TMZ.com goes full-feed RSS

TMZ logoSomething extraordinary happened in the world of online media this week, and nobody seems to have noticed. TMZ.com, that entertainment news and gossip juggernaut, became the biggest site on the planet to offer full-feed RSS. As of this writing, TMZ has not gotten back to me for comments, so the best I can do is speculate. As a person who has followed TMZ since its humble beginnings — and reported extensively (here) on their model, which we call “Continuous News” — I can assure you that full-feed RSS from them is significant.

What is full-feed RSS and why is it so important?

Traditional media companies all have RSS feeds, but the distributed XML portion of new items is capped at a headline and one or two sentences. This is driven by strategy: the media companies want people to read their content on their own websites, because that’s where the money is (they think). This type of feed requires people click on a link to be taken to the company’s own website. It makes sense if mass media is your model, but it makes no sense in the world of distributed (unbundled) media. Traditional media companies have, therefore, used RSS only as a marketing toy, a notification system, of sorts.

But it wasn’t created for that, and every blogger knows it. And apparently, TMZ.com now knows it, too. Here’s the way their feed looked in my RSS reader this week. Before this week, the only thing I’d see in the viewing panel was a headline and a sentence. Now, the entire story is available for viewing WITHOUT me bringing up their website in the browser associated with my reader.

TMZ's RSS feed

Let’s say your TV station carries the syndicated TMZ program. You can now create an RSS widget that brings all of their news into your window. If you’re creating an aggregator of entertainment news using RSS, TMZ’s content will stand out, because it will all “be there.” This is the beauty of place-based distribution, because it doesn’t care where it’s posted; it simply wants to be seen.

This flies in the face of traditional mass media thinking. Who would be so crazy, the thinking goes, as to “give” their exclusive content away like that? The proverbial “crazy like a fox,” that’s who.

Let me state clearly why this is so important.

  • Distributed or unbundled content IS the future of news content. It “fits” the handshake, the touchpoint, the missing puzzle piece of the Web. Downstream, every piece of exclusive content will be unbundled, because if it’s not, it won’t be a part of the coming aggregation plays, those business that SERVE users by filtering or curating the content of the many for the consumption of the one. This is inevitable, no matter how much traditional media kicks and screams against it.
  • Advertising “as items” in an RSS feed are where the real future money is, although it’s only there in a trickle today. These ads are visible. There’s no “banner blindness.” And they provide real SEO value (see below). Look at the image of my reader again. Above the viewing panel is, like any email software, the headlines of the feed. If I see a headline I like, I can read its content below. Now imagine if, say, every 10th headline began with: “ADVERTISEMENT” or “SPONSOR.” I could look at it or not. Ads done this way are of very high value. As I noted a few weeks ago, John Gruber of the geek blog “Daring Fireball” sells a weekly sponsorship for his blog for $5,500 (that’s $22k a month). He’s currently sold out through mid-July. Here’s the way that looks in my reader:Daring Fireball's RSS feed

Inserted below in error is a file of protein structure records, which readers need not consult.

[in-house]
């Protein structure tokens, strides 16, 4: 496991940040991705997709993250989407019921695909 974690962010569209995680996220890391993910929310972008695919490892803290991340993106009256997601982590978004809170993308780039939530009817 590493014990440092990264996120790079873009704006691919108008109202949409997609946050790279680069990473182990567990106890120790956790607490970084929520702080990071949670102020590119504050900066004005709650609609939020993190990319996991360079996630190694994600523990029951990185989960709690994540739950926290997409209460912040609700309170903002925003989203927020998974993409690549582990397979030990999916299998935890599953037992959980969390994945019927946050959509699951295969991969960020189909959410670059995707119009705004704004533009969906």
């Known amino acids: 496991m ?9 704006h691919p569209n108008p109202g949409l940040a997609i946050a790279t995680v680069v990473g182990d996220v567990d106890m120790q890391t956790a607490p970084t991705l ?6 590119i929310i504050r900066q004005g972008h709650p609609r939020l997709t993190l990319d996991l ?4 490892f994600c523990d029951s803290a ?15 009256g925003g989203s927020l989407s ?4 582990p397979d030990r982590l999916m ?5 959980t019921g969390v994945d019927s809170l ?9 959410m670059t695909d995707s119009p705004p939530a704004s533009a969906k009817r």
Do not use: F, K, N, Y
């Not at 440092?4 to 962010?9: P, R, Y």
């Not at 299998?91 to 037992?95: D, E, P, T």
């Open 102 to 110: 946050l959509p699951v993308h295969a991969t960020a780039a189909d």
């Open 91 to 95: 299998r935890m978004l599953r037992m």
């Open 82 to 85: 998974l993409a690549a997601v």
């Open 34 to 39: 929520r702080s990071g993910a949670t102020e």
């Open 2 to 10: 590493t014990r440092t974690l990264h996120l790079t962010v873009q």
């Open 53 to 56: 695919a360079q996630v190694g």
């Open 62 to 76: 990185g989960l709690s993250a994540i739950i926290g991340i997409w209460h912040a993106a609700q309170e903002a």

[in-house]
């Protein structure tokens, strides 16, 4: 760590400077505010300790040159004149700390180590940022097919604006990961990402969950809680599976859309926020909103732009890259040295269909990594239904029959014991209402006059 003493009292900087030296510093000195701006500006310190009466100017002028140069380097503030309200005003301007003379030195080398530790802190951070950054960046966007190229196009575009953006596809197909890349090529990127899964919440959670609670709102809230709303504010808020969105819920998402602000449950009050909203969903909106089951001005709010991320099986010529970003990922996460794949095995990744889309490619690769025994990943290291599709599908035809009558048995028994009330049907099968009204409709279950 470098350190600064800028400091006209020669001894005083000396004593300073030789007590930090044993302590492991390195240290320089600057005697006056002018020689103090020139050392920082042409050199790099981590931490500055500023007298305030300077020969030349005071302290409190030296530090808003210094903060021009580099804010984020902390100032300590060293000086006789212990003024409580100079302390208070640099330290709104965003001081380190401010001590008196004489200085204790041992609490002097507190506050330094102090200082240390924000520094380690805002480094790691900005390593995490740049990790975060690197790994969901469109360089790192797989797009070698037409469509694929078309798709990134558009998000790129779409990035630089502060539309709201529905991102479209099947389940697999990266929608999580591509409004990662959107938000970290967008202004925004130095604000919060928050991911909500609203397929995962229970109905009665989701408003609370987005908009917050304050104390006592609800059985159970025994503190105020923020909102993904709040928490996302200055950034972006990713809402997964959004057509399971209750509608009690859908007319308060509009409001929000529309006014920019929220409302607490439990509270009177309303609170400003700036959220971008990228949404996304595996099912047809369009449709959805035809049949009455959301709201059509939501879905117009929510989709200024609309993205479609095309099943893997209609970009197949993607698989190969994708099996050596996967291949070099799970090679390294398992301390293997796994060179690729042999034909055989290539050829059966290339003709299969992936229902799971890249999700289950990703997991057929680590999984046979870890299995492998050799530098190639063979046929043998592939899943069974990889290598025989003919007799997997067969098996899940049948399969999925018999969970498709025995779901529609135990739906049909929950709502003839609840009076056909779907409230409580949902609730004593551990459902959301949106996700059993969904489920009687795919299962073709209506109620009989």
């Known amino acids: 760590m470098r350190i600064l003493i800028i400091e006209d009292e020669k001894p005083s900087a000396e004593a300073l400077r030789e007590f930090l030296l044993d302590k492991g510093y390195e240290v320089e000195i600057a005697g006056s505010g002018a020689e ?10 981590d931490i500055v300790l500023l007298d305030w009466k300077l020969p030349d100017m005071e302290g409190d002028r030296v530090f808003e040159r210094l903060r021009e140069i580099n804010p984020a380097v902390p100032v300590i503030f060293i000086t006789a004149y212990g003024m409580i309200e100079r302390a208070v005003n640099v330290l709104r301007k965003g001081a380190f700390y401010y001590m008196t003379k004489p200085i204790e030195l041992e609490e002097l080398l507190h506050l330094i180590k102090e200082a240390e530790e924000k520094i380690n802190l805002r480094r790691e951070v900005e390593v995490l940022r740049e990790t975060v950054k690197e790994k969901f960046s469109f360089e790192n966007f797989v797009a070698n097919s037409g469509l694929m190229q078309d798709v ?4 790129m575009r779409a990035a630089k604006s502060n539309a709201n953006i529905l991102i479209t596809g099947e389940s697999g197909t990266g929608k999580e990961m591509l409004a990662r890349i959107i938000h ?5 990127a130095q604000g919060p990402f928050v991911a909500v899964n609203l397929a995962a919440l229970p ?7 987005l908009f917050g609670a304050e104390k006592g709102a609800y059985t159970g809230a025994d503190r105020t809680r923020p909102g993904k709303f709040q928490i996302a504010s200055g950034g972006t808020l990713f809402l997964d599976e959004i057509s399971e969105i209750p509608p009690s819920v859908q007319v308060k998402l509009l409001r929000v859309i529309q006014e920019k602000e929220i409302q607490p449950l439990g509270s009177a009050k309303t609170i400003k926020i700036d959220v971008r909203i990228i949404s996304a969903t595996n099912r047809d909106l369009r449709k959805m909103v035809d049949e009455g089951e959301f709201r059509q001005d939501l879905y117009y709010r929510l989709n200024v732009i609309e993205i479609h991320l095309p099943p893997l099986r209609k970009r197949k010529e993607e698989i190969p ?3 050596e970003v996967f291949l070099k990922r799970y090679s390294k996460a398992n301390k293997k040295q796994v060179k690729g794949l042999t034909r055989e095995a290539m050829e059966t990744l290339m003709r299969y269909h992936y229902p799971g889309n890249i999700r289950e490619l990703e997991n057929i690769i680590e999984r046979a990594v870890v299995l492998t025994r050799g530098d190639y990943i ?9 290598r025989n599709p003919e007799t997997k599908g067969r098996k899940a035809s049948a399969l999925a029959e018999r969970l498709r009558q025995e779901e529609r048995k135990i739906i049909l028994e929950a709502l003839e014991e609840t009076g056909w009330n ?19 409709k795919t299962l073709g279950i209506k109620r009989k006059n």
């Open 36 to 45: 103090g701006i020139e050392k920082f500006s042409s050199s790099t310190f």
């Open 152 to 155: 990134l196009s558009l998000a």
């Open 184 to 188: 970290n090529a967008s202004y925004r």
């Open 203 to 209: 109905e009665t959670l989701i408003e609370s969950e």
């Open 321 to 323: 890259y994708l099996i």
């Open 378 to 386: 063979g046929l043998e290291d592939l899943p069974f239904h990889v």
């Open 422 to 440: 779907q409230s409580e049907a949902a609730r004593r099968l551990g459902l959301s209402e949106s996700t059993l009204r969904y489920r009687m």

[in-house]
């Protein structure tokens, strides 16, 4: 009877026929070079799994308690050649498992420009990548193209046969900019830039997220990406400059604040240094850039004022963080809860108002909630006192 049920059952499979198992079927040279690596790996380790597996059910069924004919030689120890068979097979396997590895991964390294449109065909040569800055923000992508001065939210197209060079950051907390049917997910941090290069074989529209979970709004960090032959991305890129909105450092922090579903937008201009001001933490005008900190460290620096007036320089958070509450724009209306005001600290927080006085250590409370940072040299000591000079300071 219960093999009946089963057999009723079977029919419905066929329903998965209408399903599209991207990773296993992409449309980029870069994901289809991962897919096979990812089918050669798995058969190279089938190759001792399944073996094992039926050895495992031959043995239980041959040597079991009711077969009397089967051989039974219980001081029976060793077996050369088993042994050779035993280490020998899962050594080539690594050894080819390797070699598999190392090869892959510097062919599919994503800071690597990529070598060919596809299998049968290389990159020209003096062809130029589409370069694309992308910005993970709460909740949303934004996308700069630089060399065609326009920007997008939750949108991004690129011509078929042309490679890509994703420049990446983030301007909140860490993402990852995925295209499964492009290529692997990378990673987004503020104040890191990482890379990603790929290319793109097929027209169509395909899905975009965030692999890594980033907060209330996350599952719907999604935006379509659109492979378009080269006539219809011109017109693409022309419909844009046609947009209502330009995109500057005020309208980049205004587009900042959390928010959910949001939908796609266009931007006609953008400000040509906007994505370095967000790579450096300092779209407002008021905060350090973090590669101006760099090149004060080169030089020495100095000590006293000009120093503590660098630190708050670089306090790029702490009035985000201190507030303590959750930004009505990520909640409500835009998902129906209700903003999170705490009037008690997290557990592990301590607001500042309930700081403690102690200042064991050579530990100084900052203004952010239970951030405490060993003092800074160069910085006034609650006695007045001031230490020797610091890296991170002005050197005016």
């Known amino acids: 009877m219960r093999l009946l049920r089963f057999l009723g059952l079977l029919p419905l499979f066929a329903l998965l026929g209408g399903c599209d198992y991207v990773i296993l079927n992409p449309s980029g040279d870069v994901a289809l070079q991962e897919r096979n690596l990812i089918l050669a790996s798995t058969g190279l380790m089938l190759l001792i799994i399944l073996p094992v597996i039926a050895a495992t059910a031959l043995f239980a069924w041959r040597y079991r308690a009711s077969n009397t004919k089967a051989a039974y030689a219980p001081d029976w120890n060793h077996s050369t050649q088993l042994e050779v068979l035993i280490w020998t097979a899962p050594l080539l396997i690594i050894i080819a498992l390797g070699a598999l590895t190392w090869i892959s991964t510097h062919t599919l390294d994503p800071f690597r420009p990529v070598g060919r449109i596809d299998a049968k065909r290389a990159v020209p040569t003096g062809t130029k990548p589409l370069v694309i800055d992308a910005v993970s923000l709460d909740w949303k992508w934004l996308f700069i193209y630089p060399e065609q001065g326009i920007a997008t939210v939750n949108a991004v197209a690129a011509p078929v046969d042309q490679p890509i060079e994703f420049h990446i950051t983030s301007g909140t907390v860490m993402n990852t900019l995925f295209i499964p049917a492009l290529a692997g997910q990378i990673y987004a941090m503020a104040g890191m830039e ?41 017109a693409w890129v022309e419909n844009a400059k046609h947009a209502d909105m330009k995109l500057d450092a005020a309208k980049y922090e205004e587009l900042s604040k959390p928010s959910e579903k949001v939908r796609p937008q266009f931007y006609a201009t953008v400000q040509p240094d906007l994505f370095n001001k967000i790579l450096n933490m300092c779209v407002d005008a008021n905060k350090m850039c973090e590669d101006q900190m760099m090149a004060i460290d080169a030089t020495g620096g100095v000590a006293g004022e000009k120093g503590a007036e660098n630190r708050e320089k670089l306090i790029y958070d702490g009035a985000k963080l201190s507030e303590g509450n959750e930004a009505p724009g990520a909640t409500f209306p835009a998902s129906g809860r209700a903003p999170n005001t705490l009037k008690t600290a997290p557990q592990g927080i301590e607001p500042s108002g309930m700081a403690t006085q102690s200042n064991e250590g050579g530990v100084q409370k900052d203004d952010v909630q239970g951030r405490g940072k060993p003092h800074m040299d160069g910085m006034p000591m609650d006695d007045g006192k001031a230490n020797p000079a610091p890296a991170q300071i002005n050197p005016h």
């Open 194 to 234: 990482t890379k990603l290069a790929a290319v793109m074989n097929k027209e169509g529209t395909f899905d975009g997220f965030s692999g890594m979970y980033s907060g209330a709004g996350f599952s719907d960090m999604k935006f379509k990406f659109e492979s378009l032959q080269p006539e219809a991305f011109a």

• An advertisement as a part of content on a media website is worth another $250 a month, simply due to search engine optimization (SEO) value. It’s a permanent piece of content with a link or multiple links back to the sponsor, and it has significant value back to the advertiser. I know one advertiser who buys the cheapest ad deals possible simply to get his ads (with links) “on” the pages of big websites. Why? He doesn’t care if people actually “see” the ads; for him, it’s all about SEO.
  • There are ad networks that will populate your RSS feed with banners, including all the standard IAB sizes. The problem with these in a viewing panel of a headline-and-sentence feed is that the banner dominates everything, and frankly, that’s an insult. For example, here’s what TMZ competitor Enews Daily’s feed looks like:Enews Daily RSS feedYou can see how ridiculous (and transparent) that looks compared to a whole story with an ad.

RSS advertising hasn’t taken off for the same reason RSS hasn’t fully taken off: the media industry doesn’t see the value (or like it), but I expect that to be changing sooner than later. When that happens, we’ll discover even more about how to monetize that distributed content. There’s been a lot of talk lately about RSS “dying” due to social media, but RSS is the mechanism by which unbundled media moves around the Web, and contrary to dying, I think it’s just moved from the bottle to solid food.

TMZ.com pioneered the Continuous News model by proving that they could produce compelling news content in blog format, item by item and bit by bit. They saw the demand and had the courage to go with the “latest item on top” concept of Web display, something traditional media companies have a hard time grasping. It has served them well

What about you and your company? Are you going to wait until somebody else writes the rules about unbundled advertising, or do you have the courage and conviction to do that yourself?

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